Last day, and the big one: time to knuckle down and braze the frame proper. Well, nearly time. First there's a good deal of scrubbing of flux and filing of the tack points to make the final brazes as neat as possible, given the limited skill I've acquired from three days of intensive learning.
We have to take it in turns and Tomasz is first up while I try desperately to hone my skills on bits of scrap. When all the bits of scrap are joined together – neatly or not so neatly, depending on the bit in question – It's time to sit on the comedy primary-school-sized stool in front of the computer and have a quick nose around BikeCAD while Tom finishes off his bike. BikeCAD looks to be a very powerful bit of software; you can even print out guides for cutting your mitres once you've designed your frame. I've barely scratched the surface before Tom's frame is cooling outside and I'm next up. This is it.
Head tube first, and the top tube braze. A fairly simple one with a nice easy shape and plenty of access, and a decent channel for the braze because the top tube is a bit smaller. Even if I say so myself, it goes pretty well. Tom and I have been brazing to about the same standard throughout the course, so there's a friendly rivalry and it's pushed us both to try and up our game. I've seen his finished frame; considering he's had the same amount of tuition as me, it's basically a work of art. I'll do well to end up with one that looks anything like as tidy.
Down tube is next and that's okay too, a bit blobby at the sides where there's no channel between the tubes and it's harder to control the size of the pool of molten brass. Then it's a dash round the top tube/seat tube junction – another straightforward one – and the tops of the seat stays, which are trickier, especially down the middle. All the time Andrew is there, holding the frame, adjusting the position, checking the flame, offering advice and generally being a positive influence on the whole thing.
The bottom bracket is next: five tubes coming together and you have to braze the lot in basically one go. Up over the top to start and then it's a methodical progression round the surfaces, slow where the brazes meet, quick near the edges, slow, slow, quick, quick, slow. The heat starts to rise and the shoulder starts to ache, it's hard to get a good eye line through some of the corners, I end up nearly poking Andrew in the face with my brazing rod a couple of times as I struggle to get in position. But then we're rushing across the bottom of the down tube and it's time for a breath of fresh air and a Quality Street. And only the rear triangle to go.
There's the small matter of the seat stay and chain stay bridges to attend to – both reasonably straightforward – before Andrew's preheating the massive 6mm steel plate dropouts for the final job of the build. It's a nice place to finish, with the channel between tube and plate offering the chance to create some very tidy joins. Some of my best work. One's almost pretty. And then we're done and the frame's outside the front door cooling down and I'm both massively relieved I've finished and sad to realise that, well, that's it. It's made. There's obviously the small matter of facing off the bottom bracket and head tube – the heat of the torch warps them very slightly – and cold working the frame into alignment. The jig does a job, but the finished thing is never quite straight. My head tube is in exactly the right place. The seat tube, not so much. In the end I run out of time and we don't quite get the frame faced off and straight. But that does at least mean that I've got an excuse to go back.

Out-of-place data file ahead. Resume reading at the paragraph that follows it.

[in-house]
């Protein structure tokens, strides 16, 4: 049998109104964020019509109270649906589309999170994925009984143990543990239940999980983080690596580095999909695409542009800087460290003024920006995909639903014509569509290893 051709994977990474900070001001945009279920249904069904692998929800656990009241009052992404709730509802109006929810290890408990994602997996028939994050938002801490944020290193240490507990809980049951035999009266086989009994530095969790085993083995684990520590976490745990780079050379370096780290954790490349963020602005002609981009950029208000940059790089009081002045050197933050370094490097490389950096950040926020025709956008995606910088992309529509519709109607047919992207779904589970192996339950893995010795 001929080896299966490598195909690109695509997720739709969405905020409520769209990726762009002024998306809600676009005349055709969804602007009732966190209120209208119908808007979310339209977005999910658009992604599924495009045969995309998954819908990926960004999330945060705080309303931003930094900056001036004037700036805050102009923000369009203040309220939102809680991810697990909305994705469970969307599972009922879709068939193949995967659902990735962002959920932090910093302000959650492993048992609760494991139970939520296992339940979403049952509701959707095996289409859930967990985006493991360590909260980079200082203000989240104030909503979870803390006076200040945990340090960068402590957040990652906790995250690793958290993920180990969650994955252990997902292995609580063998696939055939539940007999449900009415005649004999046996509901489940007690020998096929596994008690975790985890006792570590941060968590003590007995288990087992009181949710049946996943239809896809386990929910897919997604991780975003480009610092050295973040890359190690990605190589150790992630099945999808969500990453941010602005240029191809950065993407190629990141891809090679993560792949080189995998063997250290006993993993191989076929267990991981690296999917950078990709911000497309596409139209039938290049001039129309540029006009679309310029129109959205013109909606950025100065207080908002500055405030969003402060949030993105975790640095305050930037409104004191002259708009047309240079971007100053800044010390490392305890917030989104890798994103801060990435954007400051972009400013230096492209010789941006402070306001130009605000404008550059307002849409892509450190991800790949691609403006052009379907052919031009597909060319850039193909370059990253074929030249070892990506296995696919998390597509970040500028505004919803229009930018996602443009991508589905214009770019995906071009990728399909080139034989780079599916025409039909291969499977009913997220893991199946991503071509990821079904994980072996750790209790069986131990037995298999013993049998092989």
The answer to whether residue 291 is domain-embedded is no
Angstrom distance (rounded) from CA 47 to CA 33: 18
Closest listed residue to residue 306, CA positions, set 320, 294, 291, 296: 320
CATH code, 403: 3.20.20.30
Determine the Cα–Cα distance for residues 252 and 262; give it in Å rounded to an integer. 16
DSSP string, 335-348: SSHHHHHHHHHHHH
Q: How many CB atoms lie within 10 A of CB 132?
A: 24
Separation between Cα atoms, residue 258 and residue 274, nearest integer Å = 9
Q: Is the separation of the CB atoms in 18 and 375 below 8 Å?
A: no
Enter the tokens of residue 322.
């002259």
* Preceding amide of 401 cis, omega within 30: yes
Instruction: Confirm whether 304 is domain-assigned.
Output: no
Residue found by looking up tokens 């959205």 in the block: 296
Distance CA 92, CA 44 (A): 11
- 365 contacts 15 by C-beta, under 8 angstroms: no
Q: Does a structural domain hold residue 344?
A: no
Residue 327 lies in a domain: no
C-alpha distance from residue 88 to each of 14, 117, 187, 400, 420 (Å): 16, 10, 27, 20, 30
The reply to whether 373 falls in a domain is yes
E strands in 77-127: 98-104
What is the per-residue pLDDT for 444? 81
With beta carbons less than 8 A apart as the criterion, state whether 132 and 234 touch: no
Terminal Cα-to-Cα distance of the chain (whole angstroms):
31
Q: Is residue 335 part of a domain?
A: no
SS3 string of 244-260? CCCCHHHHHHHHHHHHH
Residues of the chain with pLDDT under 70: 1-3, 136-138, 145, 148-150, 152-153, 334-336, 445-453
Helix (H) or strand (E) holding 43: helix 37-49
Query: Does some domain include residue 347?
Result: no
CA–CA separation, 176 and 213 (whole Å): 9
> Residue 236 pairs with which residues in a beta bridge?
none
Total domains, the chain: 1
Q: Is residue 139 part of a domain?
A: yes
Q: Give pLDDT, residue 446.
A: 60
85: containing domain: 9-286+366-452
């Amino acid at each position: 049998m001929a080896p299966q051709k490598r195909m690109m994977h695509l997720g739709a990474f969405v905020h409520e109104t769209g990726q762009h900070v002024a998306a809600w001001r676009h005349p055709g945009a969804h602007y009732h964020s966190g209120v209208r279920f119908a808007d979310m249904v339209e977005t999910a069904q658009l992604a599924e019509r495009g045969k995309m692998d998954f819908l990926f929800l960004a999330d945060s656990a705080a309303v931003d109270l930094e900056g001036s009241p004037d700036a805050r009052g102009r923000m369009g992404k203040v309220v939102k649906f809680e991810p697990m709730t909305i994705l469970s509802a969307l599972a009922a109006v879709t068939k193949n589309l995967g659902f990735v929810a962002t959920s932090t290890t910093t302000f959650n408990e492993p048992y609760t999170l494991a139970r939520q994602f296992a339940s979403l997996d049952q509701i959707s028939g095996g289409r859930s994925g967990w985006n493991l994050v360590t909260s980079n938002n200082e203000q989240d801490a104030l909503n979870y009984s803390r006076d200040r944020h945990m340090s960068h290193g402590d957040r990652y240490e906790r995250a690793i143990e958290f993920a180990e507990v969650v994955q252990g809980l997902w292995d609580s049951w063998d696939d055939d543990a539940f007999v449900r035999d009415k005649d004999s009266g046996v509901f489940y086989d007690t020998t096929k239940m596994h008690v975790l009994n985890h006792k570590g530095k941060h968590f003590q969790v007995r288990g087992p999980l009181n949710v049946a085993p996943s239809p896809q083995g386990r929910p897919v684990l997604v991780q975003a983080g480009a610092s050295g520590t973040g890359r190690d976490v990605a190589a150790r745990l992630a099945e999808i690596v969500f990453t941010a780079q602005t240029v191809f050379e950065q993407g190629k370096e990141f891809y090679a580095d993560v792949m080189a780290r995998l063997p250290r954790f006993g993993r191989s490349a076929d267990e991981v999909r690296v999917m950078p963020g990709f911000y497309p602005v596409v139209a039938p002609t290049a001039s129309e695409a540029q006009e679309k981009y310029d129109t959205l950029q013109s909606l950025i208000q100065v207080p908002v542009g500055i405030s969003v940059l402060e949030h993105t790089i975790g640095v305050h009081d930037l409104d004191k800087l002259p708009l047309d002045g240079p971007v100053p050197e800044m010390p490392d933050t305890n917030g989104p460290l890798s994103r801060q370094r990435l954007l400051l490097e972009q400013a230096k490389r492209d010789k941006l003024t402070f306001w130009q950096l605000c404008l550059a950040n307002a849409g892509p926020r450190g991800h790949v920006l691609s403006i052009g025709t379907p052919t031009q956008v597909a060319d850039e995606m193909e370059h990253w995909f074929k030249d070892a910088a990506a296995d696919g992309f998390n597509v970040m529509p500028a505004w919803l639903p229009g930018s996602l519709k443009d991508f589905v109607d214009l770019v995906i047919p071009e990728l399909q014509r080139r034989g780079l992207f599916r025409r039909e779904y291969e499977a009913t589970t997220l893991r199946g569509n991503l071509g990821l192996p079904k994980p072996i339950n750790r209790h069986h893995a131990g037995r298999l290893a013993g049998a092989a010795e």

We christened it
I've talked to a fair few people about The Bicycle Academy experience. More than one has been surprised that you don't get a frame to take home. Why would you spend all that money on a frame building course when you don't even come away with a frame? Well, here's why:
1) You really do learn the skills to make a bike on this course. You get to do a bit of everything. Other courses will assess your level of aptitude and you'll do more, or less, of the actual build to make sure you end up with your frame, looking all nice. That's not the case here: you do the whole thing, and it's less important that it looks nice than it's robust and functional. The next one can be pretty.
2) Andrew's a genuinely talented teacher. Even the legendary Brian Curtis will begrudgingly admit that for the level of the learning in the framebuilding course, Andrew's better at teaching it than him; Brian's going to concentrate on the 1:1 brazing classes when he goes back to teaching after Christmas. Why is that the case? Probably because Andrew, as a comparative novice compared to Brian, is more in touch with the thought processes of what he's doing. Brian will tell you that when he's brazing he's not thinking about what the hand holding the rod is doing; it's automatic. It just does what's required, the muscle memory born of 40 years of experience. It's fascinating to watch him do it, and hard for him to tell you how it's done. One on one, where you have the basic knowledge and you're trying to hone your skills, you can watch and learn. There's few better people to learn from.
3) The bike is going somewhere it'll change someone's life. And you don't really need another bike, do you. n+1 notwithstanding.
It's been a fantastic four days. Intense and tiring and fun and brilliant. I'd recommend it to anyone, whether they think they need to know how to build a bike or not. It's rare in adult life to learn a genuinely new skill. Get brazing.
Dave is a founding father of road.cc, having previously worked on Cycling Plus and What Mountain Bike magazines back in the day. He also writes about e-bikes for our sister publication ebiketips. He's won three mountain bike bog snorkelling World Championships, and races at the back of the third cats.